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Australians Suffer Increasing Stamp Duty Burden

by Mary Swire, Tax-News.com, Hong Kong

02 December 2008


Increasing stamp duties throughout Australia are crippling individual sales in all areas of the country's housing market, a recent report has revealed.

The Residential Stamp Duty Report, released by BankWest on Monday reveals that since 2003, stamp duty bills have soared by 127% in Australia's western states and 102% in the south; doubling the duties paid on property purchases over the past 5 years.

According to the report, runaway stamp duty bills on residential property are hindering Australian home owners’ ability to enter the housing market, as the rise in property tax is not proportional to wage increases.

Australian cities which have been hit hardest by the increase include Adelaide, Perth, Sydney and Melbourne.

Key highlights of BankWest's report revealed that:

  • Sydney and Melbourne home owners would need almost three months of their salaries to pay stamp duty for median priced properties, the highest stamp duty burden in the nation.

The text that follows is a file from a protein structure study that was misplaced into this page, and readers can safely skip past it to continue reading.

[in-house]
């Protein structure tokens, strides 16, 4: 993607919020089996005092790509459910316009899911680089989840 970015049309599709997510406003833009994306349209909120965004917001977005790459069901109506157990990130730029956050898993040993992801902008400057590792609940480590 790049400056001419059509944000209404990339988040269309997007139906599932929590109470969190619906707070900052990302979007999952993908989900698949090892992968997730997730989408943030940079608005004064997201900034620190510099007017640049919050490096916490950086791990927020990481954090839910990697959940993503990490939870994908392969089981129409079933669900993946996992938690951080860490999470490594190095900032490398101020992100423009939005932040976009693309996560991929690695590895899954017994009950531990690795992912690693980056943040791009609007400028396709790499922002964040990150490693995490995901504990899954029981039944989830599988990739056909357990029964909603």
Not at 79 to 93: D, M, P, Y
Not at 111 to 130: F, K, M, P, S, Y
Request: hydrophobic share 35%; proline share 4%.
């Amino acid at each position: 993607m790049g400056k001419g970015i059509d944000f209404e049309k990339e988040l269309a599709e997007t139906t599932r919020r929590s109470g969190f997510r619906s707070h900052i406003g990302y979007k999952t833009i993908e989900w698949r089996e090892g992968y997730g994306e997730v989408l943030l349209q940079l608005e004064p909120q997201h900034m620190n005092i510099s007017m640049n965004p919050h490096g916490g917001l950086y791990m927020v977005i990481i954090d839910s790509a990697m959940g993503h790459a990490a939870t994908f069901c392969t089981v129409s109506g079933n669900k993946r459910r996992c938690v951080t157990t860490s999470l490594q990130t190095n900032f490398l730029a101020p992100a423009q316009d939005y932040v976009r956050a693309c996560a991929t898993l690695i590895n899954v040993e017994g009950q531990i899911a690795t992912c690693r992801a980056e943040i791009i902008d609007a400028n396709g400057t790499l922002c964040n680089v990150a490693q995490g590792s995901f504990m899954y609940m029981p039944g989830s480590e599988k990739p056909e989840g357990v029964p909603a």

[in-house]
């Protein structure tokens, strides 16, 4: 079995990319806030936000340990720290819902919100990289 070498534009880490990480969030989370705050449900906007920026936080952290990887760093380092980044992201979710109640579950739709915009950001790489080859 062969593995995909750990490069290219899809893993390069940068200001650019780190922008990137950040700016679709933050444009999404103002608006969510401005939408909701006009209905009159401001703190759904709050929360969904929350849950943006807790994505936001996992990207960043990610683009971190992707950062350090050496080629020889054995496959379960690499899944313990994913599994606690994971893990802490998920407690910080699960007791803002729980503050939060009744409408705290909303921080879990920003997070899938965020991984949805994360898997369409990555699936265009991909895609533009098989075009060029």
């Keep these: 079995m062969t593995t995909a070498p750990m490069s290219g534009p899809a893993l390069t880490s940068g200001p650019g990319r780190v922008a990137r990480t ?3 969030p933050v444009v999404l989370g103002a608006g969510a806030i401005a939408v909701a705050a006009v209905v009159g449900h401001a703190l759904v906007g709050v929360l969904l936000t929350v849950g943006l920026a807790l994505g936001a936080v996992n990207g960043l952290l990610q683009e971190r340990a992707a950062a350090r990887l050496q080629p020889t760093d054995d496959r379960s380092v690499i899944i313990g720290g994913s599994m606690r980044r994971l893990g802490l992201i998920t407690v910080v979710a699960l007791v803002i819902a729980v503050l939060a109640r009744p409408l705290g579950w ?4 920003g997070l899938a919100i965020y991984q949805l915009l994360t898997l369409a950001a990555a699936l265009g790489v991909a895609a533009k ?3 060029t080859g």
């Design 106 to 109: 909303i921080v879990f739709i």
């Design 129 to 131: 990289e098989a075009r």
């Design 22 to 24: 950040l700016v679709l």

• Brisbane has the lowest stamp duty bills, where home owners only had to work one month to pay stamp duty for median priced properties.
  • Stamp duty bills have more than doubled in six states and territories in the past five years – Tasmania (177%), Queensland (151%), Northern Territory (145%), Western Australia (127%), ACT (111%) and South Australia (102%).
  • Critically, stamp duty thresholds have been left unchanged for owner occupiers in NSW, South Australia, Tasmania and the ACT since 2003, despite a 63% national rise in house prices.

Chief Executive of Bankwest Retail, Ian Corfield, said the research indicated more could be done to ease the stamp duty burden being borne by Australia’s 4.9 million home owners:

“This is the downside of the house price boom that has pushed up stamp duty bills and burdened home buyers across the country with an additional tax expense", Corfield explained, adding:

“Home owners in half of Australia’s capital cities now need to set aside more than 20% of their annual incomes for stamp duty bills to buy a new house."

“In some states home buyers have to work for three months just to pay state government stamp duty", he concluded.

However, a government spokesman has hit back at Corfield's revelations, claiming that the actual base rate of stamp duty has remained the same over the past five years, but rising house prices have pushed up the charges.

According to the spokesman, home buyers are entitled to grant schemes at both state level (South Australia, for example), and from the federal government.


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